We have developed a microfluidic device that allows the isolation and genome amplification of individual microbial cells, thereby enabling organism-level genomic analysis of complex microbial ecosystems without the need for culture. This device was used to perform a directed survey of the human subgingival crevice and to isolate bacteria having rod-like morphology. Several isolated microbes had a 16S rRNA sequence that placed them in candidate phylum TM7, which has no cultivated or sequenced members. Genome amplification from individual TM7 cells allowed us to sequence and assemble >1,000 genes, providing insight into the physiology of members of this phylum. This approach enables single-cell genetic analysis of any uncultivated minority member of a microbial community.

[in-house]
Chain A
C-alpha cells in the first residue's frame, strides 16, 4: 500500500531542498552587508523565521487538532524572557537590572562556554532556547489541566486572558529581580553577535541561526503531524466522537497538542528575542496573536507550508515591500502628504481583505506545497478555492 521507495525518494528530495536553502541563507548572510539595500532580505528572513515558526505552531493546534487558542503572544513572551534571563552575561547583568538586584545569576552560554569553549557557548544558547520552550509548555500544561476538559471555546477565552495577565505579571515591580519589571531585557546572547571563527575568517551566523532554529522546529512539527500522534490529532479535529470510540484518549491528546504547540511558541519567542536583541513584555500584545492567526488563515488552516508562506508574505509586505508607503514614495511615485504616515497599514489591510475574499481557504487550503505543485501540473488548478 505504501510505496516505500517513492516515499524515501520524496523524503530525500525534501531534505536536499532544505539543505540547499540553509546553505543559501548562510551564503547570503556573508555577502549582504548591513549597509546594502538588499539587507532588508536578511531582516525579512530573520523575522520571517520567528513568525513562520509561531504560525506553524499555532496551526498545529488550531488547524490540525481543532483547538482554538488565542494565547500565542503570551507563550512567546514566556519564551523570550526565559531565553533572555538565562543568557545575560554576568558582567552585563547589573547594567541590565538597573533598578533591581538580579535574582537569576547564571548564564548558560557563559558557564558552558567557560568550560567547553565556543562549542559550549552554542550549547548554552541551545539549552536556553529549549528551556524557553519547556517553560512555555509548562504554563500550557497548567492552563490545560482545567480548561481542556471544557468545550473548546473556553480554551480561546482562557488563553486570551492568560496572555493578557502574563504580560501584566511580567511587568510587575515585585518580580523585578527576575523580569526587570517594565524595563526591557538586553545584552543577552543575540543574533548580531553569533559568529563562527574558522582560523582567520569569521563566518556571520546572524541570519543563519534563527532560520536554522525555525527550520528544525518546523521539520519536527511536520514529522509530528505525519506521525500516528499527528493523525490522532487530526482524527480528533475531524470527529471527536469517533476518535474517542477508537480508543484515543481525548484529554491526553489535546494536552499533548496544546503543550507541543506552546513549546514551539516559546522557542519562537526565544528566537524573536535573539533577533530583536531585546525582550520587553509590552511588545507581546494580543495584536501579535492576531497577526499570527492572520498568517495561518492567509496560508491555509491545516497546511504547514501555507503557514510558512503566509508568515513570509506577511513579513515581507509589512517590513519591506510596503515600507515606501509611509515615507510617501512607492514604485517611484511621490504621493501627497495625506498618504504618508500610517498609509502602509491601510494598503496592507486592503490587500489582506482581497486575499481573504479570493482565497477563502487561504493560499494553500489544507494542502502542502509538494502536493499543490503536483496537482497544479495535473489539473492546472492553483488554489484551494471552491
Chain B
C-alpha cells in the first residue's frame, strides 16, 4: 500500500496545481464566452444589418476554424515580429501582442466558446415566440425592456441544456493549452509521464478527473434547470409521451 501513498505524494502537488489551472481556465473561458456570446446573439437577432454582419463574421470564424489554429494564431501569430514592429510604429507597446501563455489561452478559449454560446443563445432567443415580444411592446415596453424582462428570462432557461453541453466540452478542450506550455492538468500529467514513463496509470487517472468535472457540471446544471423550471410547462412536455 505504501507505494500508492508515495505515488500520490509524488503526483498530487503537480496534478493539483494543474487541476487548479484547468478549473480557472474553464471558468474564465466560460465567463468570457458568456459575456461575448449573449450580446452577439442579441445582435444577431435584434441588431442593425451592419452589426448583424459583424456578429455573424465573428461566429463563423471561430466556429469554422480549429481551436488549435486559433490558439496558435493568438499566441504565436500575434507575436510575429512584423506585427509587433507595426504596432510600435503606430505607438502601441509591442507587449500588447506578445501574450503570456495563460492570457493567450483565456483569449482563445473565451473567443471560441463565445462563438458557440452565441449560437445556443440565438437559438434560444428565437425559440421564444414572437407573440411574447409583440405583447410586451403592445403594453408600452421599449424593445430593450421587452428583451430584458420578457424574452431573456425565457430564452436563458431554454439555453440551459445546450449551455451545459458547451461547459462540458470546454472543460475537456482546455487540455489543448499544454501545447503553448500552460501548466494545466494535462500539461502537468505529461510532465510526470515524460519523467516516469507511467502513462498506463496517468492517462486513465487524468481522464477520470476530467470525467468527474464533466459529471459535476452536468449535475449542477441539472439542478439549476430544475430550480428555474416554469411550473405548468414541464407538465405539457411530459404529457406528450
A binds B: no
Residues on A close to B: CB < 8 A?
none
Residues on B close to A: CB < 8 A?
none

Yann Marcy, Cleber C. Ouverney, Elisabeth M. Bik, Tina Lösekann, Natalia Ivanova, Hector Garcia Martin, Ernest Szeto, Darren Platt, Philip Hugenholtz, David A. Relman, and Stephen R. Quake. "Dissecting biological “dark matter” with single-cell genetic analysis of rare and uncultivated TM7 microbes from the human mouth" Faculty Publications (2007): 11889-11894. DOI: 10.1073/pnas.0704662104